The ‘Four Horsemen’ That Can Destroy Your Marriage

Annoyed woman and man talking

According to John Gottman, author and marriage and relationship expert, there are four major factors that can make it virtually impossible for a marriage to flourish. In a recent article, Eric Barker, a writer who specializes in human behavior, described the “Four Horsemen” in detail. Barker says that at the top of the list is contempt. Contempt can be displayed through verbal or nonverbal means, with mean words, dismissive glances, deep sighs, or physical distance. The result is that your partner will feel as if you are disgusted with him or her. It is very difficult to get someone to cooperate in a conversation or conflict resolution if that person can feel the disdain you have for them.

Another relationship no-no is criticism. Being dissatisfied with the way someone does something, or doesn’t do something, is OK. But criticizing the person, qualifying the person as a bad individual because he or she can’t fold the laundry correctly, is critical and hurtful. This is an attack on the person’s character, the person’s core, not just on behavior. Barker suggests focusing on the behavior at hand and narrowing the scope of the complaint.

Defensiveness is another negative relationship trait. When people become defensive, they are basically relinquishing any responsibility for the problem at hand. This type of behavior puts the other partner on defense also and elevates the tension. Ultimately, defensiveness eliminates any spirit of willingness or cooperation from either partner.

The final “Horseman” is stonewalling. When an individual shuts down and turns away from his or her partner, resolution is nearly impossible. A relationship cannot be fixed by only one partner.

Barker points out that Gottman’s work also sheds light on how couples overcome problems. “Sixty-nine percent of a couple’s problems are perpetual,” Barker says. “These problems don’t go away, yet many couples keep arguing about them year after year.” It’s how they approach these problems that separates successful marriages from unsuccessful ones. Barker says it’s important to accept those things which cannot be agreed upon. Just like aches and pains that come with age, some negative character traits come with all spouses. Learning how to accept those qualities, and to stay physically and emotionally connected to each other, will help couples maintain strong, loving relationships. So make time for each acceptance, for talking and getting to know one another, and for a little horseplay. Just remember to keep the “Four Horsemen” far, far away.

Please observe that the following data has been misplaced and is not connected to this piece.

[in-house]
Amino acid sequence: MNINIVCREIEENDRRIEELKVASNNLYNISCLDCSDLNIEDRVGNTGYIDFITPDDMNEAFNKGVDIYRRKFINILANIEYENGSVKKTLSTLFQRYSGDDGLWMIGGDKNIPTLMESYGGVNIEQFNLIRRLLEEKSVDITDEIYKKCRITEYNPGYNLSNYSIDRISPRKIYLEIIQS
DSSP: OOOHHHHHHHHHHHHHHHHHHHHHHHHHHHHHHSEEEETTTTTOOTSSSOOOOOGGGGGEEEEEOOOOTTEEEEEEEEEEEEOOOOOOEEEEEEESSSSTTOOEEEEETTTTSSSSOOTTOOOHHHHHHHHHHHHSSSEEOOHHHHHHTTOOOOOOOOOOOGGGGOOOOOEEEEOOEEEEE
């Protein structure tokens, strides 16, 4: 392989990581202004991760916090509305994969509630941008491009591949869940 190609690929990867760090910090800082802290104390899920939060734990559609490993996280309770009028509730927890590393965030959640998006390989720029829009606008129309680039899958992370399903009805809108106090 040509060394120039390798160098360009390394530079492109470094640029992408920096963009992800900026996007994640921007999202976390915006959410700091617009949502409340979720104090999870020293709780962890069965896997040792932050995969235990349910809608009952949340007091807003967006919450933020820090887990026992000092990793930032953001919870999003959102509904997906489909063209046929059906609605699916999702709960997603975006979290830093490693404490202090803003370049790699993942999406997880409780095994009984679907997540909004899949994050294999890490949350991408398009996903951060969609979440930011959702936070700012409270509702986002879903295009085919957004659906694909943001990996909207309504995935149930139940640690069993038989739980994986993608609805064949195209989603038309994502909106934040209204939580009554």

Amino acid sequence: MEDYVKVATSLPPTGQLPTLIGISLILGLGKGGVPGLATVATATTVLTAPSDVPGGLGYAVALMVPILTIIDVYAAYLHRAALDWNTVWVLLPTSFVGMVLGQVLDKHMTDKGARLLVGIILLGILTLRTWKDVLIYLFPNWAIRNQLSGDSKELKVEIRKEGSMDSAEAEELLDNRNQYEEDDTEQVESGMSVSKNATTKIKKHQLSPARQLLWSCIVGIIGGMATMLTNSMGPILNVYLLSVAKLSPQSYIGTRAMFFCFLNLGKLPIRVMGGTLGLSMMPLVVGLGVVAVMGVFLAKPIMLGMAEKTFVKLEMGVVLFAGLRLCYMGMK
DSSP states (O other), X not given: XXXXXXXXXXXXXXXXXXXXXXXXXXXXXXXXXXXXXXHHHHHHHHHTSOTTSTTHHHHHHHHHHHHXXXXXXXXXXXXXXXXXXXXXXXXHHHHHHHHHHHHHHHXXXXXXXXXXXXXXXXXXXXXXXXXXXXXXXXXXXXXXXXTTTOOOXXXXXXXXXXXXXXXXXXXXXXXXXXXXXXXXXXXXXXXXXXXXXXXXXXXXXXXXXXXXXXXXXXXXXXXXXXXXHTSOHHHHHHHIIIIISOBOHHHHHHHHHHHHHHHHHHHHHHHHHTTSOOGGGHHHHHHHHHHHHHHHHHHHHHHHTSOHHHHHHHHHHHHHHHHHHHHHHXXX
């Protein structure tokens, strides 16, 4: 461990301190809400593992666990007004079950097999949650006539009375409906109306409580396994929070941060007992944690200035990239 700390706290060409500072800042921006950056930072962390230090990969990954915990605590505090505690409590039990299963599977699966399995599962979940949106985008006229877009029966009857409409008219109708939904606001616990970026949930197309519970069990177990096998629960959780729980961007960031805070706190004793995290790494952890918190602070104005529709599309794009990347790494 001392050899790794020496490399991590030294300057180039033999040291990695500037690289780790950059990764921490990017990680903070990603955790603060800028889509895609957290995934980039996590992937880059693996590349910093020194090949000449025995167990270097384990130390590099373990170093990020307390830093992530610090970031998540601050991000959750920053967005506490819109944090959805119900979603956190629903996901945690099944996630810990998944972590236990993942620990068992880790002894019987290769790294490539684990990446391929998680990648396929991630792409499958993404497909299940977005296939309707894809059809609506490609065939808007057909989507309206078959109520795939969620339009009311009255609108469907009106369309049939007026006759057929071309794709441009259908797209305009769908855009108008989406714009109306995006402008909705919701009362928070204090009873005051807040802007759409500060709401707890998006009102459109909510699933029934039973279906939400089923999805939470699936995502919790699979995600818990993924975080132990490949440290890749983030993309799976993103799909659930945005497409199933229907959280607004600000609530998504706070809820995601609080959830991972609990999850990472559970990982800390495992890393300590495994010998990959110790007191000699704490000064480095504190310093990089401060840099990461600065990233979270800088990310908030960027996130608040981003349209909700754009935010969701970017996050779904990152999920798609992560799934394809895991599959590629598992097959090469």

Barker, Eric. What are the four things that kill relationships? Business Insider (2012): N.p., 25 Oct. 2012. Web. 29 Oct. 2012.

© Copyright 2012 All rights reserved.

The preceding article was solely written by the author named above. Any views and opinions expressed are not necessarily shared by Questions or concerns about the preceding article can be directed to the author or posted as a comment below.

  • Leave a Comment
  • Lance


    November 12th, 2012 at 10:56 AM

    There are so many things that can cause a good relationship to go bad, but I think that the one big thing that will hit it like a ton of bricks every single time is the refusal that some people have to listen to their partners. You know those people- they say that they are really listening and trying to see the others point of view, but in reality they are simply looking for some way to be able to say that they are right and that you are wrong. That’s it. So I really think that when you have this need to always be right and fail to take any kind of responsibility for something that goes wrong, then your marriage is going to be in some pretty serious trouble.

  • shannon


    November 12th, 2012 at 12:17 PM

    “It’s how they approach these problems that separates successful marriages from unsuccessful ones.”

    This sums it up very well.SO often I see and hear of friends having trouble in their marriage for something that actually has a better way around it and sans a conflict,but they do not know about it.everybody has problems but how you deal with them is what dictates the future.